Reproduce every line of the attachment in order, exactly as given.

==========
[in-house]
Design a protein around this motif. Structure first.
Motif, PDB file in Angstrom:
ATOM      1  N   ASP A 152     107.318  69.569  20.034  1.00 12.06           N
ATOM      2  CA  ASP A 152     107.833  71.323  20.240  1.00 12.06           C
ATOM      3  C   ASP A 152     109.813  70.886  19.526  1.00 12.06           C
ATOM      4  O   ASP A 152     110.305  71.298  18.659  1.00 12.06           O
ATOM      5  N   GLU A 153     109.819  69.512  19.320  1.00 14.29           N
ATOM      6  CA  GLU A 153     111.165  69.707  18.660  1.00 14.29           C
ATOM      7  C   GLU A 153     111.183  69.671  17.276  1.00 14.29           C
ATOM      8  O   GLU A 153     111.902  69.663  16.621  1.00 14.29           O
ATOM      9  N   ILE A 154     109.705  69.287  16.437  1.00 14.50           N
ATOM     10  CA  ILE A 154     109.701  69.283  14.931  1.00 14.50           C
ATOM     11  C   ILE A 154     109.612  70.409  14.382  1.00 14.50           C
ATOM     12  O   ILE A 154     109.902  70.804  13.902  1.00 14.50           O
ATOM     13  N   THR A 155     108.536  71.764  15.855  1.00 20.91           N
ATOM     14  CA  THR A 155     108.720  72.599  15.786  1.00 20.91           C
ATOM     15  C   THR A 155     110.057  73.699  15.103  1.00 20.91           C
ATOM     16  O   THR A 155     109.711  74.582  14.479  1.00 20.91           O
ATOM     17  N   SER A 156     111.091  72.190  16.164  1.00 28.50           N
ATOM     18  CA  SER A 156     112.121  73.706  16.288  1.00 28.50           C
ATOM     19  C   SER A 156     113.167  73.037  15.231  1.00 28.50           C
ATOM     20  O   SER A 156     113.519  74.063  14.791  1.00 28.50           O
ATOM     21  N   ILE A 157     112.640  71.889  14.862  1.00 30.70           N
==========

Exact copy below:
[in-house]
Design a protein around this motif. Structure first.
Motif, PDB file in Angstrom:
ATOM      1  N   ASP A 152     107.318  69.569  20.034  1.00 12.06           N
ATOM      2  CA  ASP A 152     107.833  71.323  20.240  1.00 12.06           C
ATOM      3  C   ASP A 152     109.813  70.886  19.526  1.00 12.06           C
ATOM      4  O   ASP A 152     110.305  71.298  18.659  1.00 12.06           O
ATOM      5  N   GLU A 153     109.819  69.512  19.320  1.00 14.29           N
ATOM      6  CA  GLU A 153     111.165  69.707  18.660  1.00 14.29           C
ATOM      7  C   GLU A 153     111.183  69.671  17.276  1.00 14.29           C
ATOM      8  O   GLU A 153     111.902  69.663  16.621  1.00 14.29           O
ATOM      9  N   ILE A 154     109.705  69.287  16.437  1.00 14.50           N
ATOM     10  CA  ILE A 154     109.701  69.283  14.931  1.00 14.50           C
ATOM     11  C   ILE A 154     109.612  70.409  14.382  1.00 14.50           C
ATOM     12  O   ILE A 154     109.902  70.804  13.902  1.00 14.50           O
ATOM     13  N   THR A 155     108.536  71.764  15.855  1.00 20.91           N
ATOM     14  CA  THR A 155     108.720  72.599  15.786  1.00 20.91           C
ATOM     15  C   THR A 155     110.057  73.699  15.103  1.00 20.91           C
ATOM     16  O   THR A 155     109.711  74.582  14.479  1.00 20.91           O
ATOM     17  N   SER A 156     111.091  72.190  16.164  1.00 28.50           N
ATOM     18  CA  SER A 156     112.121  73.706  16.288  1.00 28.50           C
ATOM     19  C   SER A 156     113.167  73.037  15.231  1.00 28.50           C
ATOM     20  O   SER A 156     113.519  74.063  14.791  1.00 28.50           O
ATOM     21  N   ILE A 157     112.640  71.889  14.862  1.00 30.70           N